Members of Syria's Turkey-backed National Liberation Front opposition group fire heavy artillery guns at government forces in the village of Talhiyeh near the town Taftanaz in northeastern Idlib province, from another position on February 28. Idlib is ruled by an array of competing insurgent and militant forces the most powerful of which is the jihadi Hayat Tahrir al-Sham, or Levant Liberation Committee, in English. ABDULWAJED HAJ ESTEIFI/AFP/Getty Images

Still, Ankara has pressed for support from a powerful group of partners: the U.S.-led NATO Western military alliance. Turkey was recently criticized by NATO allies for ignoring pleas not to launch a cross-border offensive against Pentagon-backed Kurdish fighters and for purchasing Russia's S-400 surface-to-air missile system. But the 29-member coalition condemned the strikes that killed Turkish troops on Thursday.

"Allies offer their deepest condolences for the death of Turkish soldiers in last night's bombing near Idlib. Allies condemn the continued indiscriminate air strikes by the Syrian regime and its backer Russia in Idlib province," NATO Secretary-General Jens Stoltenberg said in a statement Friday. "We call on them to stop their offensive. To respect international law. And to back U.N. efforts for a peaceful solution."

A number of individual alliance leaders also offered their solidarity, and the White House released a readout of a call between Erdogan and President Donald Trump.

"President Trump expressed his condolences and condemned yesterday's attack that killed Turkish personnel in Syria," the statement read. "President Trump reaffirmed his support for Turkey's efforts to de-escalate the situation in northwest Syria and avoid a humanitarian catastrophe. The two leaders agreed that the Syrian regime, Russia, and the Iranian regime must halt their offensive before more innocent civilians are killed and displaced."

Amid Trump administration threats of intervention against a looming Syrian offensive in Idlib back in August 2018, Moscow sent its largest-ever force to the Mediterranean and warned of retaliation against any attacks threatening Russian personnel.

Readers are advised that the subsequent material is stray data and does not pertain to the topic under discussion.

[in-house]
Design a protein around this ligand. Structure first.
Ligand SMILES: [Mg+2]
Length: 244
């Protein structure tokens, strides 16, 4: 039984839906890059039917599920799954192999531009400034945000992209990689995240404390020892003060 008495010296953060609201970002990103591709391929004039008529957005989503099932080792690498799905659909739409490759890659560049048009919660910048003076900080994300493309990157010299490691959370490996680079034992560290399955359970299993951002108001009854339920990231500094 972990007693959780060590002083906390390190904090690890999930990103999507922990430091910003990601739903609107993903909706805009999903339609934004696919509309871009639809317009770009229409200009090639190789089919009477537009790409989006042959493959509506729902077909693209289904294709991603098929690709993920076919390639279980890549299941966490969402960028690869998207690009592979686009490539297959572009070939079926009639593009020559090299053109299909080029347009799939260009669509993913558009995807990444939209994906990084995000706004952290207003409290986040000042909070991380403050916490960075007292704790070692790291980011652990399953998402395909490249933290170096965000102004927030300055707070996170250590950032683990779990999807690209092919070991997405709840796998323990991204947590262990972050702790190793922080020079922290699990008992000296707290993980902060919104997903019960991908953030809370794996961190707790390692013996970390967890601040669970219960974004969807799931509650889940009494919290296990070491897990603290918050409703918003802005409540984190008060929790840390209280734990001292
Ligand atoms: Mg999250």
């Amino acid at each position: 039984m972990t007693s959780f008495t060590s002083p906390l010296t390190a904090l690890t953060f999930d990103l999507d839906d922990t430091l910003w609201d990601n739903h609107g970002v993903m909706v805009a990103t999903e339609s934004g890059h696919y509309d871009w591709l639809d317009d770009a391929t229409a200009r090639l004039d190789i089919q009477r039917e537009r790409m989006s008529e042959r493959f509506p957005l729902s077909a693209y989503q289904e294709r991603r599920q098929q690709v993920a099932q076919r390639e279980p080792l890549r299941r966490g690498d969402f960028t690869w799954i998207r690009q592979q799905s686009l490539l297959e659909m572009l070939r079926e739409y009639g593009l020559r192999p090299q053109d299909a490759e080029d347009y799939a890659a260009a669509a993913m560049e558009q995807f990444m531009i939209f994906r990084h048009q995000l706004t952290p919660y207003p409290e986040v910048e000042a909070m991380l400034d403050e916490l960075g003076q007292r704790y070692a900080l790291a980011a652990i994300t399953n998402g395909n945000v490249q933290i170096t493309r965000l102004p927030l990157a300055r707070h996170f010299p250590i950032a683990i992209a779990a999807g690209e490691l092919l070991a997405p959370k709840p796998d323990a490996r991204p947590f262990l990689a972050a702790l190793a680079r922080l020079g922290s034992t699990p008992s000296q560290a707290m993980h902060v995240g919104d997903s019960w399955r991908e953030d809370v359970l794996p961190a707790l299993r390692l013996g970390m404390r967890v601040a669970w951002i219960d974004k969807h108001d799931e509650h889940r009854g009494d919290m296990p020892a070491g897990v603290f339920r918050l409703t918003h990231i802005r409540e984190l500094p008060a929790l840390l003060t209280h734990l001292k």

President Trump as otherwise indicated, however, that he sought to further extract the U.S. from the conflict, turning what's left of the fight against ISIS to Russia, Iran, Iraq and Syria. Once a leading supporter of the insurgency against Assad, the U.S. has gradually refocused its mission to defeating ISIS and, as of October, maintaining control of oil and gas fields.

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A picture taken during a guided tour organized by the Syrian Ministry of Information shows government forces in the area of Al-Lirmoun, north of Aleppo, on February 17. The Syrian government retook the entirety of the key province in the latest push to further corner Turkey-backed rebels and jihadi fighters seeking to overthrow President Bashar al-Assad. LOUAI BESHARA/AFP/Getty Images

Meanwhile, fierce ground fighting continued between the warring sides in Idlib, especially over the strategic town of Saraqib. The town lies on the strategic axis of two major highways the Syrian government seeks to wrest out of rebel hands.

The Syrian Observatory for Human Rights, a U.K.-based monitor with ties to Syria's exiled opposition, reported on continued Russia and Syrian airstrikes across Idlib, with Syrian shelling at times targeting Turkish military positions and Turkish drones retaliating with airstrikes.

The Turkish Defense Ministry announced later Thursday the death of another Turkish soldier and the wounding of two others. The ministry claimed to have neutralized another 56 Syrian soldiers and to have destroyed more Syrian military weapons and equipment in retaliation.

With no clear end in sight for escalating violence in Idlib, Putin and Erdogan have agreed to hold a face-to-face meeting, potentially next week in the Russian capital.

U.N. Secretary-General António Guterres pleaded for combatants to avoid civilian casualties and described the recent exchanges of hostilities of Syrian and Turkish forces as "one of the most alarming moments" of the seemingly intractable conflict. He told reporters in New York that "now it's time to give a chance for diplomacy to work, and it's essential that fighting stops."